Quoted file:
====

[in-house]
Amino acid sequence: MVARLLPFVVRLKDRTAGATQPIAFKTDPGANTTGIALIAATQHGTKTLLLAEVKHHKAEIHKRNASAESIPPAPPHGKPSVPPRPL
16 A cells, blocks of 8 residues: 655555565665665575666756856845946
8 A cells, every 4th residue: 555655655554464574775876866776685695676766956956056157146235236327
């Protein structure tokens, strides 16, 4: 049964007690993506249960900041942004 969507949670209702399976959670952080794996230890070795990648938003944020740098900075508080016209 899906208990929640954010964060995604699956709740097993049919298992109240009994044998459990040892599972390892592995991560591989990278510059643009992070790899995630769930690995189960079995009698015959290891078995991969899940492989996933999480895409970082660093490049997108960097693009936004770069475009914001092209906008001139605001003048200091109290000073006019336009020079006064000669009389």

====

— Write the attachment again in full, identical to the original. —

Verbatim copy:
[in-house]
Amino acid sequence: MVARLLPFVVRLKDRTAGATQPIAFKTDPGANTTGIALIAATQHGTKTLLLAEVKHHKAEIHKRNASAESIPPAPPHGKPSVPPRPL
16 A cells, blocks of 8 residues: 655555565665665575666756856845946
8 A cells, every 4th residue: 555655655554464574775876866776685695676766956956056157146235236327
């Protein structure tokens, strides 16, 4: 049964007690993506249960900041942004 969507949670209702399976959670952080794996230890070795990648938003944020740098900075508080016209 899906208990929640954010964060995604699956709740097993049919298992109240009994044998459990040892599972390892592995991560591989990278510059643009992070790899995630769930690995189960079995009698015959290891078995991969899940492989996933999480895409970082660093490049997108960097693009936004770069475009914001092209906008001139605001003048200091109290000073006019336009020079006064000669009389």